Scheduling shifts in the workplace has always been a difficult, rigid process. Balancing both employer and employee needs is always key, but getting everything to fit neatly, while ensuring that the business is properly staffed, has generally left employees most inconvenienced.
Staffjoy is aiming to automate the process of scheduling shifts for businesses to help managers staff effectively, while allowing workers more freedom in determining their own schedules.
Staffjoy is one of the first companies to launch out of Y Combinator’s new Fellowship program. Compared to YC’s full funding cycle, the fellowship operates quite a bit differently. At 8 weeks it’s a much shorter program, but the most important bit is that fellows receive a $12k equity-free grant from the company. The program is aimed at companies that are in the earliest stages of development.
I had a chance to chat with Staffjoy co-founders Andrew Hess and Philip Thomas about their product and was able to check out a demo of the web app live in action.
The app is largely focused on businesses having the “right people at the right time,” according to Thomas, but the manner in which it optimizes the employee experience is what really makes Staffjoy unique.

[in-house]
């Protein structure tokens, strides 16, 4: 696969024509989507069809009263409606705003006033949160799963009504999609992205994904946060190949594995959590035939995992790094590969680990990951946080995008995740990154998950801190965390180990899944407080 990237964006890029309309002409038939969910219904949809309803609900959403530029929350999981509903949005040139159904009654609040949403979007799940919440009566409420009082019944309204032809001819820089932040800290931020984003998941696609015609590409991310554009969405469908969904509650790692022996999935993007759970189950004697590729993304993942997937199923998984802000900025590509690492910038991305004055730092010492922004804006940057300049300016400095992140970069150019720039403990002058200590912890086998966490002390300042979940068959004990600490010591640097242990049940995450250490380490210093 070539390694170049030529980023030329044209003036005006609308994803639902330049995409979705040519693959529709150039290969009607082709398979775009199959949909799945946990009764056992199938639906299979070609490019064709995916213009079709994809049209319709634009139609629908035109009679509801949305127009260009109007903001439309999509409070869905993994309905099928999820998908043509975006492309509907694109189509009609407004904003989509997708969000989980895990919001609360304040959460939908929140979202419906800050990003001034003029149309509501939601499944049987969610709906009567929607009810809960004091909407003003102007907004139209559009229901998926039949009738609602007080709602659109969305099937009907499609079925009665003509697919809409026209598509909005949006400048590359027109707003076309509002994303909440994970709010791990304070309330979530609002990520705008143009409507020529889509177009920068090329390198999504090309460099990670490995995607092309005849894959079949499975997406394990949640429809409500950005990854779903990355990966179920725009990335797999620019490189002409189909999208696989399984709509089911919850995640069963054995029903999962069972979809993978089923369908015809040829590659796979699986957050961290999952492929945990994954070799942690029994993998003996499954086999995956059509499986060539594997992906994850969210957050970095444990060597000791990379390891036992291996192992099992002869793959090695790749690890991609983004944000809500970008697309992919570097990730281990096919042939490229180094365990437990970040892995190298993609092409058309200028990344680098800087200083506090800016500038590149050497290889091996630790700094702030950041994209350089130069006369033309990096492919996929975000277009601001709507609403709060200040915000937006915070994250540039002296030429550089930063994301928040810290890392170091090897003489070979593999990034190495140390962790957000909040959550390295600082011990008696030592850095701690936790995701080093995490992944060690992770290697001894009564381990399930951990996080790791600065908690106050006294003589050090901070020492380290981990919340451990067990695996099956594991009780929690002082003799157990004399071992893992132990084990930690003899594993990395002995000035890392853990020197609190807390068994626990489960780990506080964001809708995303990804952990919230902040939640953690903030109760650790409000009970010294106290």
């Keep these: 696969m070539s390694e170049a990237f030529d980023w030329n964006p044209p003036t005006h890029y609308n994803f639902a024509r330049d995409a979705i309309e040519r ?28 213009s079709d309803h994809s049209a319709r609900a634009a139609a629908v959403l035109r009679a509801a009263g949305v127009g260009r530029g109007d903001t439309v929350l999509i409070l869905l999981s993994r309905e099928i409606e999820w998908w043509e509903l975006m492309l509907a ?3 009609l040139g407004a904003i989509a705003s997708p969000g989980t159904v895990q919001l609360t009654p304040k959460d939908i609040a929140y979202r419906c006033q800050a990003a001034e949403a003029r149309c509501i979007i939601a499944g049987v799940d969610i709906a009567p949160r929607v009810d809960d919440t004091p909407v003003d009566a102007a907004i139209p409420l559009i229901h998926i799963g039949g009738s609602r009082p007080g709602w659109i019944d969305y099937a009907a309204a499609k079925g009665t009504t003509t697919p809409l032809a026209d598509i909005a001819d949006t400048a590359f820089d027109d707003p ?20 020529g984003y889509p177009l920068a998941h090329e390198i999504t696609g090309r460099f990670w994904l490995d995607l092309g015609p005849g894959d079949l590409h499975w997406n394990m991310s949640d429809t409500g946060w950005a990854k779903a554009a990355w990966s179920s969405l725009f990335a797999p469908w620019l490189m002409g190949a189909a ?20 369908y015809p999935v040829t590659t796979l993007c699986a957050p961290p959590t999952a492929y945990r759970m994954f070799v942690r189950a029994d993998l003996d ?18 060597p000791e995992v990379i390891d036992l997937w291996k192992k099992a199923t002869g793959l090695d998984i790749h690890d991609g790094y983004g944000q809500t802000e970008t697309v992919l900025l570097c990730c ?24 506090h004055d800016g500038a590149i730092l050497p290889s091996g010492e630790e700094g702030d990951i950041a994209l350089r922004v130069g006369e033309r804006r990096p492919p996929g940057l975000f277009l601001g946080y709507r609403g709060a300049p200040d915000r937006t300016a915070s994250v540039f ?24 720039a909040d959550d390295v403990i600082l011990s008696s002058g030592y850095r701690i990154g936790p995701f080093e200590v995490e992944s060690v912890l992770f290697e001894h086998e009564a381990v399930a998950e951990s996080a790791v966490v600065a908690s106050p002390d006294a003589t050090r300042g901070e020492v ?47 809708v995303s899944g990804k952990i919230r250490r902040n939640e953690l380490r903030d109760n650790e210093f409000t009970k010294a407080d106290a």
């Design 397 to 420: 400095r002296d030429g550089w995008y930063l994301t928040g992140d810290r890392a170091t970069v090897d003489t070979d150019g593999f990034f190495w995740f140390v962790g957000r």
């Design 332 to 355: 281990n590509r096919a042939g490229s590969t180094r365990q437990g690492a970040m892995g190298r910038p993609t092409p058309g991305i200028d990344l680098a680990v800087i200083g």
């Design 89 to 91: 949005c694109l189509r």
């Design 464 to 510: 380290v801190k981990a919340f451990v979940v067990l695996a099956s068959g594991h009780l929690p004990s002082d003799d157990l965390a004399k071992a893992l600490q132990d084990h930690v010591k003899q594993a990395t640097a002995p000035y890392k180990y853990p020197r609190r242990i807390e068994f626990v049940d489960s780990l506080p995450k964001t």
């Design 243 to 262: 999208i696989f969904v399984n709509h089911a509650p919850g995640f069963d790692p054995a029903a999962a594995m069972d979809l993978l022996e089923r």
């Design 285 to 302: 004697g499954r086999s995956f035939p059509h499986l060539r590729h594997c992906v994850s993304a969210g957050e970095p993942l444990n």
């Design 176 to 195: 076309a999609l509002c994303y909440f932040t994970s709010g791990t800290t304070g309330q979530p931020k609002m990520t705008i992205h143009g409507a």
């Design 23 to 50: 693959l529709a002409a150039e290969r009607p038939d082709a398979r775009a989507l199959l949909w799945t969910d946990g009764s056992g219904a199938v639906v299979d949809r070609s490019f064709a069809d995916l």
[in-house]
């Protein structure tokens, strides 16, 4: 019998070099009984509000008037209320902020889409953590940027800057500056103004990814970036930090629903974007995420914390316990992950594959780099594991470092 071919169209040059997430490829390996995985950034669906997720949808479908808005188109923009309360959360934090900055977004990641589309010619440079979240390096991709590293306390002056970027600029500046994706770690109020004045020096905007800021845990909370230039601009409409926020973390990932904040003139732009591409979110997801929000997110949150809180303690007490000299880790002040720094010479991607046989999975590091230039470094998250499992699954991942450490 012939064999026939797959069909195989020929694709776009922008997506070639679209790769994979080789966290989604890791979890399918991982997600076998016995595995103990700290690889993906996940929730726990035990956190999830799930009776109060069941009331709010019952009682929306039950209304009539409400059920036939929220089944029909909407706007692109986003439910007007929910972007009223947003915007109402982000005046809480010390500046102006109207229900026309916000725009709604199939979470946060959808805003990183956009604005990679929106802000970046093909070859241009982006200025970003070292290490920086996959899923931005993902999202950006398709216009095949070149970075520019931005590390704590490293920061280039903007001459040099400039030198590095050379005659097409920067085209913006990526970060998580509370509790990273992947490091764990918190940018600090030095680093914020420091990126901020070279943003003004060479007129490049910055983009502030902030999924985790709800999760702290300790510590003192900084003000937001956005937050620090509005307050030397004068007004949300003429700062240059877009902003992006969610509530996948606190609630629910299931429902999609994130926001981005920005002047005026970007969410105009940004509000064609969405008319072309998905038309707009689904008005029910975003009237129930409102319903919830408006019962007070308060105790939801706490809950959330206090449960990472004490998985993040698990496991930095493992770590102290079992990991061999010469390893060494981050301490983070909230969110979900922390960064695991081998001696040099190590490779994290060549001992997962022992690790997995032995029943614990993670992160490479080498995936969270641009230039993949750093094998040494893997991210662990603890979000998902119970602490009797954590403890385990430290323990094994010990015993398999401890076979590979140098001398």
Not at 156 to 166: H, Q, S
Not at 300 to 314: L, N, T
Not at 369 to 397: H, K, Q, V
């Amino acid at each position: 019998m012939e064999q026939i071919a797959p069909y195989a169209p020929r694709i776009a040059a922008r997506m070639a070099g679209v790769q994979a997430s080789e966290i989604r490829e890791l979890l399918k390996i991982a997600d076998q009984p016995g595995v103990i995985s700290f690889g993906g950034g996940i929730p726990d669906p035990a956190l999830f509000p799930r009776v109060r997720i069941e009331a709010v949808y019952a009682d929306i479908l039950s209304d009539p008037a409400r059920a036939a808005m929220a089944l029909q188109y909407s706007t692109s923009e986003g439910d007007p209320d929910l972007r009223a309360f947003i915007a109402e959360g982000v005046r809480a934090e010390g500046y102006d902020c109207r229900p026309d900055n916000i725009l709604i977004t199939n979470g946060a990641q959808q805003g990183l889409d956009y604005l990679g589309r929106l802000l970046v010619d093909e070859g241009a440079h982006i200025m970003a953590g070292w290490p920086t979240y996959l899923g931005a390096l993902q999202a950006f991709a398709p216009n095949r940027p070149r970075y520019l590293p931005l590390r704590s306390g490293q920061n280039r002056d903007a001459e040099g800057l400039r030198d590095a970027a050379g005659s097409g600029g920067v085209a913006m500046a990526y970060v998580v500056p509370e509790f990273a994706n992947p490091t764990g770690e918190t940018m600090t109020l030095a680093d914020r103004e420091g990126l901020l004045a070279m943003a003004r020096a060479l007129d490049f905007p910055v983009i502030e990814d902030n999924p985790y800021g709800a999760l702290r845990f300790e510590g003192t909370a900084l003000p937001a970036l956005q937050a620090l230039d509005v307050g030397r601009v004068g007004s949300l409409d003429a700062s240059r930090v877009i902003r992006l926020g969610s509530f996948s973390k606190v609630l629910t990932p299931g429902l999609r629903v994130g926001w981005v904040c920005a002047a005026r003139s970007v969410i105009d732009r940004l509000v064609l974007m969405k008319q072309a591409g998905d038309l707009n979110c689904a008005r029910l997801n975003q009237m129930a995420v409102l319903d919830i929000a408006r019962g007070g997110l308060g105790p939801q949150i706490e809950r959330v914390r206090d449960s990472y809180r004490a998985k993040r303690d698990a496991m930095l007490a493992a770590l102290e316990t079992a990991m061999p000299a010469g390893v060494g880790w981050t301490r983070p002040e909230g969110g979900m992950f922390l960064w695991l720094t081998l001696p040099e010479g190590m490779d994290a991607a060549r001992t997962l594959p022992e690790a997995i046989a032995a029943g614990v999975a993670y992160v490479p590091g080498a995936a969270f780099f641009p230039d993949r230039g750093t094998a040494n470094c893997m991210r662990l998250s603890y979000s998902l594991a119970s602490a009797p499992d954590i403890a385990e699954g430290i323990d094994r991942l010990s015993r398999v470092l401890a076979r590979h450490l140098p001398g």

The app organizes shifts effectively by initially having employees enter their availability each week into the planner component of the app. The app then accounts for whether the worker is part-time or full-time and allows them to specify the appropriate number of hours that they’d like to work that week.
“What’s great is that [employees] get to choose what hours they want through an easy-to-use web app that helps them claim available shifts easily,” Thomas said.
After all of the data is entered, Staffjoy’s algorithm gets to work in sorting all of the employee availability into neat shifts that promote “a higher utilization of workers” and help managers get “the right people at the right time,” according to Thomas.
Staffjoy has been testing their product at several businesses and Thomas said they’ve already seen some pretty amazing results. He pointed to one example where a business with around 50 employees was able to reduce its annual labor costs by $30k using Staffjoy’s automated scheduling tools.
The app is currently mostly serving businesses in the on-demand economy, which seems to be a natural fit, but Thomas and Hess told me that they’re soon hoping to branch out into approaching more traditional mom-and-pop-stores to use their software.
The team seemed quite aware that businesses like these can struggle with having too many available pieces of optimization software and said that they were already looking toward the future, hoping to pursue partnerships with other workplace apps so that Staffjoy could neatly integrate with other services.
Right now, the app is serving firms with just a few employees as well as major on-demand companies with hundreds of contracted workers. The varying sizes of the businesses they’re serving right now are helping them see what models works best on a larger scale.
Organizing shifts can be a tough task for employers, but Staffjoy is hoping that through automation they can produce a more fluid experience for workers and managers that doesn’t leave either of them in the dark.